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Latest news on Russia and the war in Ukraine

Russia has used widely banned cluster munitions, Amnesty International says

An unexploded tail section of a rocket — which appears to contain cluster bombs — launched from a BM-30 Smerch multiple rocket launcher, in Lysychansk on April 11, 2022.

Anatolii Stepanov | Afp | Getty Images

Hundreds of civilians have been killed in Kharkiv by indiscriminate Russian shelling using widely banned cluster munitions and inherently inaccurate rockets, Amnesty International said Monday. 

Amnesty said that it had found evidence of Russian forces repeatedly using 9N210/9N235 cluster munitions as well as “scatterable mines,” both of which are subject to international treaty bans because of their indiscriminate effects. 

The new report from the international human rights organization documents how Russian forces have caused widespread death and destruction by bombarding residential neighborhoods of Kharkiv since their invasion began in late February. 

It cites one attack on the afternoon of April 15 in which Russian forces fired cluster munitions in and around Myru Street, in the Industrialni neighborhood. “At least nine civilians were killed and more than 35 injured, including several children. Doctors at Kharkiv’s City Clinical Hospital 25 showed Amnesty International metal fragments they had removed from patients’ bodies, including the distinctive pieces of steel rods contained in 9N210/9N235 cluster munitions,” Amnesty said.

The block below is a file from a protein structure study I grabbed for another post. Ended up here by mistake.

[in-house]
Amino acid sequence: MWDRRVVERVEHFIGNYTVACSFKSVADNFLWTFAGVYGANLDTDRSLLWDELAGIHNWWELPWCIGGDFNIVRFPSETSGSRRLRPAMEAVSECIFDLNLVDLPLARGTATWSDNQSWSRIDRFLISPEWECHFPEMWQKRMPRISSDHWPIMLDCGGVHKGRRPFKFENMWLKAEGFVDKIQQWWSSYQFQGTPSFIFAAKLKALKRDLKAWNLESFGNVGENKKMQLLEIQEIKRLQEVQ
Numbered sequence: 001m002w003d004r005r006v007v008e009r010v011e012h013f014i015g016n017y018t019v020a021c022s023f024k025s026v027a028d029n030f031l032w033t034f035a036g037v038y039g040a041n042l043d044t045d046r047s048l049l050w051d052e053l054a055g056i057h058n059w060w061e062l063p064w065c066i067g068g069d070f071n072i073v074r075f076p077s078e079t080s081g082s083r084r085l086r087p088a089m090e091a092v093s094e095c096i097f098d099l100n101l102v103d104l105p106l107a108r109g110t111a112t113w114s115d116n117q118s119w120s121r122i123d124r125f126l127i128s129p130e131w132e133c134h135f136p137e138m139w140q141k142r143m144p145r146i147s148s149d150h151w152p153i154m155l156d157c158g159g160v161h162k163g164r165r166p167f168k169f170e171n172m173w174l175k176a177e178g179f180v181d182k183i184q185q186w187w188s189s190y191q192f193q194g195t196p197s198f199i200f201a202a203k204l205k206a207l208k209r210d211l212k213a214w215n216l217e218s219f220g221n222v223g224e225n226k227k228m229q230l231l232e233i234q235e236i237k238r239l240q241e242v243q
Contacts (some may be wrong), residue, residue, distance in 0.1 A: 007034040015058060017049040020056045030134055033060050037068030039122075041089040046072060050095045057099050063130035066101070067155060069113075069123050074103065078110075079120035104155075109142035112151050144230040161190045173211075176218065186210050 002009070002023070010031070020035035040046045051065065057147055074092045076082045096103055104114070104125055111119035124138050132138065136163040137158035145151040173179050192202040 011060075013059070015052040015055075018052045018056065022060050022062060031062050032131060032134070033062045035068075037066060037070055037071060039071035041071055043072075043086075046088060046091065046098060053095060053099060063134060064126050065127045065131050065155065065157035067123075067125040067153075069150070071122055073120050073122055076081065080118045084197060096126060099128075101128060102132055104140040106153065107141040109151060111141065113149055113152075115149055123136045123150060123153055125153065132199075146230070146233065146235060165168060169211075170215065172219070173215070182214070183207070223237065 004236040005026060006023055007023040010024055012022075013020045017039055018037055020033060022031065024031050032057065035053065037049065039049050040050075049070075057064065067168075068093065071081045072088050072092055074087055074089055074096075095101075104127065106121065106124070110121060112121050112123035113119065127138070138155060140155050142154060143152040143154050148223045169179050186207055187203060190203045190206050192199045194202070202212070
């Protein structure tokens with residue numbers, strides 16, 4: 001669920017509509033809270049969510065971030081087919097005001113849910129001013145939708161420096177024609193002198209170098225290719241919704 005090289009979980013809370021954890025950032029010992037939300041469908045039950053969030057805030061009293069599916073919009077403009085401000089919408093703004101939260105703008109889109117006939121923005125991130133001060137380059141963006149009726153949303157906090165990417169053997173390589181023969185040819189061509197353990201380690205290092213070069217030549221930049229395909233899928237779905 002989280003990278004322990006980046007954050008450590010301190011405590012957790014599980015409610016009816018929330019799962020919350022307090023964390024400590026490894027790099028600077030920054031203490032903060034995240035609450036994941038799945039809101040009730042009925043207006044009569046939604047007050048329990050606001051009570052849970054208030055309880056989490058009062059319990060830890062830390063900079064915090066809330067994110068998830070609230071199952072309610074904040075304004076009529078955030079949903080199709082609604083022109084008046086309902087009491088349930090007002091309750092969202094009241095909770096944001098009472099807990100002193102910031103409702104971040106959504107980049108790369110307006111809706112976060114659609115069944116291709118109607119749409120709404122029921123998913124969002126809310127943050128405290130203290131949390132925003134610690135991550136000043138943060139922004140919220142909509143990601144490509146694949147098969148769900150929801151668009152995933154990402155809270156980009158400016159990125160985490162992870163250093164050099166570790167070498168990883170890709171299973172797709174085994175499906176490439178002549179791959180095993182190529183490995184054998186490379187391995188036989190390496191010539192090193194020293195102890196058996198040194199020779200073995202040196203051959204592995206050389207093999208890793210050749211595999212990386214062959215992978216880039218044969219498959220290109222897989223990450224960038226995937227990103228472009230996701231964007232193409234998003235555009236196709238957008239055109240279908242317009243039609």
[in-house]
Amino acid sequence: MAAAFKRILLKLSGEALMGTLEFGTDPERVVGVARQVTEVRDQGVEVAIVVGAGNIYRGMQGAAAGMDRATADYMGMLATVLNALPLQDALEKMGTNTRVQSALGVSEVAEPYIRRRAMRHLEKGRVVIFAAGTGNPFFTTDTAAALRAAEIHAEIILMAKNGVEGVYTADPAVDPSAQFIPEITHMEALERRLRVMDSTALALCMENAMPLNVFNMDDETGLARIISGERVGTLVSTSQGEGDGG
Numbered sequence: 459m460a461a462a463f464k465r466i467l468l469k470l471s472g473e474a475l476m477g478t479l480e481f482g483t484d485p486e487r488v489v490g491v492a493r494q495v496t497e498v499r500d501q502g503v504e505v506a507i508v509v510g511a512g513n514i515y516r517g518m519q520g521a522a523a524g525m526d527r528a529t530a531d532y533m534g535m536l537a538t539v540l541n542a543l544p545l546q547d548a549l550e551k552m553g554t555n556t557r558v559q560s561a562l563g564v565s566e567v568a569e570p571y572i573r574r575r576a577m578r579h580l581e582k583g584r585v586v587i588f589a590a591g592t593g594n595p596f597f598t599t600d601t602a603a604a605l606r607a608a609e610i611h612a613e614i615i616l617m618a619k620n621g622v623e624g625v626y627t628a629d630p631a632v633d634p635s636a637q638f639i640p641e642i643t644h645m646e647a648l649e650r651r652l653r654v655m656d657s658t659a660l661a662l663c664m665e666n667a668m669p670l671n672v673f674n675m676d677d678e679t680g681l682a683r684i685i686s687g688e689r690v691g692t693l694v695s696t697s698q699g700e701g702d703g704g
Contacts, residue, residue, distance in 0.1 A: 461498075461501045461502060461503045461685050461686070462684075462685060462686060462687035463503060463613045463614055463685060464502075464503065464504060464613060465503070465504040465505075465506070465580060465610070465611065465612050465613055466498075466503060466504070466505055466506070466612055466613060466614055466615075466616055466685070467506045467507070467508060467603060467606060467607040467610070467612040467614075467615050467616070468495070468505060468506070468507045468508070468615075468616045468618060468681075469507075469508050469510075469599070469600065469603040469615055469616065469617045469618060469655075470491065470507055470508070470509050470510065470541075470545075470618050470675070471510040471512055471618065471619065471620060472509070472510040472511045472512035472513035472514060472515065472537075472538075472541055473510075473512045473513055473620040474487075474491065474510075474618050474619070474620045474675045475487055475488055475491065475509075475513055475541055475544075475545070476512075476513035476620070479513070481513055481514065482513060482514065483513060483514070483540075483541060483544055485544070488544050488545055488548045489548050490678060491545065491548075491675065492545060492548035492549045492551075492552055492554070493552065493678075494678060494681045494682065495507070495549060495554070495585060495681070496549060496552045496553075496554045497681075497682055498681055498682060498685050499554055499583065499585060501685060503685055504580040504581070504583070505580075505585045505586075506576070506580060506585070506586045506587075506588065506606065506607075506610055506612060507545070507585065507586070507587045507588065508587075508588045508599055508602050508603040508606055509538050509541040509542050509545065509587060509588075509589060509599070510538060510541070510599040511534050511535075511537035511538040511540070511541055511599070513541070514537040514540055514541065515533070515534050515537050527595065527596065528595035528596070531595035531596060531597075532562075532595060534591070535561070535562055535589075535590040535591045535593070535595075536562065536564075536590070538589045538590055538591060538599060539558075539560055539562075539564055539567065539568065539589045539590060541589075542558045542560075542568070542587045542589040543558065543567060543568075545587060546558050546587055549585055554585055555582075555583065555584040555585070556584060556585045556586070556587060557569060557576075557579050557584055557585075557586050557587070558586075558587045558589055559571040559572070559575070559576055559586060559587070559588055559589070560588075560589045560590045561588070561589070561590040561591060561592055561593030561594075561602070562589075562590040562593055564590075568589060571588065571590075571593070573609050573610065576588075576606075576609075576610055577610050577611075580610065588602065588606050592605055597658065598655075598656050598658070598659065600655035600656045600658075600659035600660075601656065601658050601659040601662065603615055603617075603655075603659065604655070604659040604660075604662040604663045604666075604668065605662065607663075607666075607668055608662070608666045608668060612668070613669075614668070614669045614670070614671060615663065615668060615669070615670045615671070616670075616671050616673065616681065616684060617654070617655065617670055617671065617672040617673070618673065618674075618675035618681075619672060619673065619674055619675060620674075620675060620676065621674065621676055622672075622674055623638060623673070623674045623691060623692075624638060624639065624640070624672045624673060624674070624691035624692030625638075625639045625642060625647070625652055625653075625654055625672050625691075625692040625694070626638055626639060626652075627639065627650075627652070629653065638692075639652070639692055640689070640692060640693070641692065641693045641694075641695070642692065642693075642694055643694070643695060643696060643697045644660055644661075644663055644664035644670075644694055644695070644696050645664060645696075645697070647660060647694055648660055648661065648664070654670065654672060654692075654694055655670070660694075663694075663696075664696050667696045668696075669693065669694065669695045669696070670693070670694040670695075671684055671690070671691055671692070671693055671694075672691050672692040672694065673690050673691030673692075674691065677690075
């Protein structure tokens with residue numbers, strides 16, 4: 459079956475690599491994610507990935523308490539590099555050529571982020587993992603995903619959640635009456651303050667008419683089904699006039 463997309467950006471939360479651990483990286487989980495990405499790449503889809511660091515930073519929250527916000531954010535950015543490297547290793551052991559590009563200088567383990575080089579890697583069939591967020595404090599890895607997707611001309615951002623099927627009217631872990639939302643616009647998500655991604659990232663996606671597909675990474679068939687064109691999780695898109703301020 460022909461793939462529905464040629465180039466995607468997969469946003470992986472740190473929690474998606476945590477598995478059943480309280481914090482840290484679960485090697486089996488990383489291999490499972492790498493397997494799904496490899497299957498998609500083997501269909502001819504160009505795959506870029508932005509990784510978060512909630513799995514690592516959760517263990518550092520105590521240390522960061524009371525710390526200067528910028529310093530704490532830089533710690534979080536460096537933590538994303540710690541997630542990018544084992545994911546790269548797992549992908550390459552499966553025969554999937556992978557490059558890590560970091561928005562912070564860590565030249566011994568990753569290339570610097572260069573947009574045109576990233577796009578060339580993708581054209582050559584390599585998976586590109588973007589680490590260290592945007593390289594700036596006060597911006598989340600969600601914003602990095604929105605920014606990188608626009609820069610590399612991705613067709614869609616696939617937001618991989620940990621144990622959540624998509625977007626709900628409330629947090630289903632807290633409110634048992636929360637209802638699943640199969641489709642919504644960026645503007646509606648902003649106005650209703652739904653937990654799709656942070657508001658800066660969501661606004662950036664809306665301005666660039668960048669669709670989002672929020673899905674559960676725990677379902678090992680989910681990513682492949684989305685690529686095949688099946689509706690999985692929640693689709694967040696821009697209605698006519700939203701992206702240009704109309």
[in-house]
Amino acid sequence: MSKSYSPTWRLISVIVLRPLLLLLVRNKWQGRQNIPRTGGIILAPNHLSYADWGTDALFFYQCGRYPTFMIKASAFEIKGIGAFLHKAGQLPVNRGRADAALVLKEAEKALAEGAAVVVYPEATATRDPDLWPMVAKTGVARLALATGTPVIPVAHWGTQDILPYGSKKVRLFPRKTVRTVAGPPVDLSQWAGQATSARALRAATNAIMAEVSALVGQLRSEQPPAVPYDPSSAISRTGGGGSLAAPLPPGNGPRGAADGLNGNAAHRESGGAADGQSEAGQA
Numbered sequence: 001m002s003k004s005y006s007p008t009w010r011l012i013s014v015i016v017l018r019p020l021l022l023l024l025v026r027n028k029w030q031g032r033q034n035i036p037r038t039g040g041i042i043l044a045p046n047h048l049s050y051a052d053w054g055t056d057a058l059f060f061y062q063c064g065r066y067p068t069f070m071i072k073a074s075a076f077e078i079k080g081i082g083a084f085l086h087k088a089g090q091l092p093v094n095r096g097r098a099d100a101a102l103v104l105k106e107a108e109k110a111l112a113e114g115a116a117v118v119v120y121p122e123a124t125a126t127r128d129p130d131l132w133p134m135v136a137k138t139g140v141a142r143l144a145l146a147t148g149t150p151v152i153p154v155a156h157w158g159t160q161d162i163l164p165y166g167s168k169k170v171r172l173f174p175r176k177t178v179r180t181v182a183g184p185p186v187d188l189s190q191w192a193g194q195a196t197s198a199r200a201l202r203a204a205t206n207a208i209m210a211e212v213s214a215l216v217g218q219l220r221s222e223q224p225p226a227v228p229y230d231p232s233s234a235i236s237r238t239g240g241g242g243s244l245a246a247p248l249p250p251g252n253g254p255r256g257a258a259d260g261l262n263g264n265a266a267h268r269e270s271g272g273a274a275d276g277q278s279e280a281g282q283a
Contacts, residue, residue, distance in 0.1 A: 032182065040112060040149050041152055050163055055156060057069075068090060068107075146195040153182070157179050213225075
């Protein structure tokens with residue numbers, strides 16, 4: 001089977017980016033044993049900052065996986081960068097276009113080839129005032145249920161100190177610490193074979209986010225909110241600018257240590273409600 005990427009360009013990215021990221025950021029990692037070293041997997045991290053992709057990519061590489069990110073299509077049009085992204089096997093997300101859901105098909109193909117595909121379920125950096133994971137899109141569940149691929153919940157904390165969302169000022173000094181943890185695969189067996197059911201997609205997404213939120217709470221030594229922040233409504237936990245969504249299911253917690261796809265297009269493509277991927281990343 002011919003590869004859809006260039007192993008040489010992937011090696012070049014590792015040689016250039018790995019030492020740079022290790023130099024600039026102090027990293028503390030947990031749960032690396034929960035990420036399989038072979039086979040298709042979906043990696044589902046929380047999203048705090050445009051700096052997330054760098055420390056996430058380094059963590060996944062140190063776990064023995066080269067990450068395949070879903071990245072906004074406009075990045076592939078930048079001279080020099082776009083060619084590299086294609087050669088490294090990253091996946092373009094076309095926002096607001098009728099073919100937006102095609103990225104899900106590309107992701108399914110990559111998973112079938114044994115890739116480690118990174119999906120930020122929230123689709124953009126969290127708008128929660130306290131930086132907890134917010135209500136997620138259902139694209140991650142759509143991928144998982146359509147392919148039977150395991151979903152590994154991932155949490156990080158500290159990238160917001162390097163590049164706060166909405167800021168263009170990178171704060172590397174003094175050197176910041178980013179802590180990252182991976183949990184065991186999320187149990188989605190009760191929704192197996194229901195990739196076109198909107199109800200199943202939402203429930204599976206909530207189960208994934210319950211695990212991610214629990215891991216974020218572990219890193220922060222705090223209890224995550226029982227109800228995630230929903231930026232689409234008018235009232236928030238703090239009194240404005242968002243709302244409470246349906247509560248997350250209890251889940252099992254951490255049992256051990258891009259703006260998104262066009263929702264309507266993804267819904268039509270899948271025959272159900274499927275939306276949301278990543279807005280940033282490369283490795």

Amnesty notes that while Russia is not a party to either the Convention on Cluster Munitions or the Convention on Anti-Personnel Mines, international humanitarian law prohibits indiscriminate attacks, and the use of weapons that are indiscriminate by nature. 

“Launching indiscriminate attacks resulting in death or injury to civilians, or damage to civilian objects, constitutes war crimes,” Amnesty said. Russia has denied targeting civilians or civilian infrastructure, despite widespread evidence that it has done so.

Holly Ellyatt

River crossings pose a huge problem for Russia, UK says

This photograph taken on April 29, 2022 shows a destroyed railway bridge, over the Siverskyi Donets river, in Raygorodok, eastern Ukraine, amid the Russian invasion of Ukraine.

Yasuyoshi Chiba | AFP | Getty Images

Russia needs to conduct difficult river crossings to achieve success in the Donbas region of eastern Ukraine — and that’s unlikely to be easy, the U.K.’s ministry of defense said in its latest intelligence update on Monday.

Noting that the battle around Severodonetsk “continued to rage” over the weekend, the U.K. said on Twitter that “over the coming months, river crossing operations are likely to be among the most important determining factors in the course of the war.”

The key, 90 kilometer-long central section of Russia’s frontline in the Donbas lies to the west of the Siverskyi Donets river. To achieve success in the current operational phase of its Donbas offensive, “Russia is either going to have to complete ambitious flanking actions, or conduct assault river crossings,” the U.K. said.

Ukrainian forces have a strategy of demolishing bridges before they withdraw, while Russia has struggled to put in place the complex coordination necessary to conduct successful, large scale river crossings under fire, the U.K. noted.